Have you ever felt that God may be calling you into the ministry? If you have, you know it can be frustrating trying to figure out if your 'call' is legitimate or not. I recently read a book entitled Am I Called? by a man named Dave Harvey who helps those who feel called discern if that call is legitimate or not. Dave Harvey is the Pastor of Preaching at Four Oaks Community Church in Tallahassee, and serves as the Executive Director of Sojourn Network. Dave is also the founder of AmICalled.com, a leadership resource site helping pastors, leaders and men who sense a call to ministry and has 29 years of pastoral experience, with 19 years as a lead pastor. Dave chairs the board for the Christian Counseling and Educational Foundation (CCEF) and has traveled nationally and internationally doing conferences where he teaches Christians, equips pastors and trains church planters. He is the author of When Sinners Say I Do, Am I Called, and Rescuing Ambition, and is about to publish another book with Zondervan.
I recently was able to ask Dave a couple of questions about his recently revised book, Am I Called?
Brad: Writing a book is hard enough as it is. What prompted you to want to change the contents of a book you had already written?
Dave: Several things really. First, my life circumstances have changed significantly since I wrote the book. When I wrote it, I was part of a movement of churches called Sovereign Grace Churches, as well as an elder on staff at Covenant Fellowship Church. Since then, I have become the Pastor of Preaching at Four Oaks Church, in Tallahassee, Florida, and the Executive Director of the Sojourn Network. My point is that many of the illustrations and references I made in the book were related to my positions within Sovereign Grace and within Covenant Fellowship. Having launched AmICalled.com and assumed new ministry roles, I really needed an updated edition of the book that would reflect my current life circumstances. This is not an attempt to distance myself from a past that I treasure. In fact, the dedication of the book to the pastors of Covenant Fellowship Church remains the same. But that’s not the only reason. I've also focused and clarified my thoughts on some key topics since I wrote the initial version, and I wanted to communicate that in the revised version of the book.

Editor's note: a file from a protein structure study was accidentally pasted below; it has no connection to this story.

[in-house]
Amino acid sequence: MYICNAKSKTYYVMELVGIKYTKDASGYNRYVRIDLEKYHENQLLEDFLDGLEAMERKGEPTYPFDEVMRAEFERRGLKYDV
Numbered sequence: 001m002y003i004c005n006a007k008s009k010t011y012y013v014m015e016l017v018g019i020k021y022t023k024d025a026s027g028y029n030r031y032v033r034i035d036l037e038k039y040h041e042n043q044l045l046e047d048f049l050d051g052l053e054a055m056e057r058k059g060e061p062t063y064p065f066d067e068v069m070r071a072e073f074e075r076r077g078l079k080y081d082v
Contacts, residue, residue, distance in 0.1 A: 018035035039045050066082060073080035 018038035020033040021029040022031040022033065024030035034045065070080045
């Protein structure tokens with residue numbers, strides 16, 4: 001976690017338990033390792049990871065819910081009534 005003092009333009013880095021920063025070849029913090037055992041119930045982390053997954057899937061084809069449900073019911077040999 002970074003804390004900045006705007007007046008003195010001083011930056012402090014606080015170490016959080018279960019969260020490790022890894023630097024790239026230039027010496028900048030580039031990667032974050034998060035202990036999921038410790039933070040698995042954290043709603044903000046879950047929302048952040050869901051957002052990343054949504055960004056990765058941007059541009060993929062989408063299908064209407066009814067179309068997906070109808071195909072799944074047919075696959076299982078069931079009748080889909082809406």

Brad: What sort of clarifications are we talking about?
Dave: I really wanted to focus on the times I used the word “qualification” in conjunction with Paul’s words in 1 Timothy 3:1-7 and Titus 1:6-9. Specifically, I wanted to change the word “qualification” to the word “requirement”.
Brad: Why did you feel like a seemingly small change like that was necessary?
Dave: My experience in Sovereign Grace and in Covenant Fellowship church helped me to see areas of imbalance in the way these verses were understood and applied. I wanted to make sure that the book reflected what I’ve learned through some of the mistakes we made in evaluating men in ministry. Here are some of my takeaways that found their way into the revision. It’s essential to realize that the primary intent of 1 Timothy 3:1-7 and Titus 1:6-9 is to identify potential elders, not for evaluating existing elders or creating a catalog of disqualifying sins. This does not imply they have no relevance, but simply acknowledges the original intent of the text. Since the first use of these passages is to evaluate men not yet in ministry, employing the term “qualifications” opens the door to misapplication for men already in ministry and implies that an ordained pastor with a weakness in any area listed may be subject to disqualification. For understanding the discipline and disqualification of elders, a more important passage and practice is found in 1 Timothy 5:19-21, which exists to both protect elders from frivolous charges while also ensuring a congregation has recourse against elders engaged in misconduct. So, it is better, not to mention closer to the original intent of 1 Tim 3 and Titus 1, to use the word “requirements” rather than “qualifications”.
Brad: What is your hope for this updated version of the book?
Dave: I truly believe that this book is the most important thing I've written. First and foremost, I hope it brings clarity to men who are exploring the call to church plant, pastor or elder. I hope to hear even more stories of Am I Called? being used by God to bring men into ministry. I also hope that my clarifications and changes serve men in ministry, as well as men being evaluated for ministry.
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I am a Husband to Clarissa, Pastor at Liberty Baptist Church, reader of many books, and tweeter at @brad_merchant.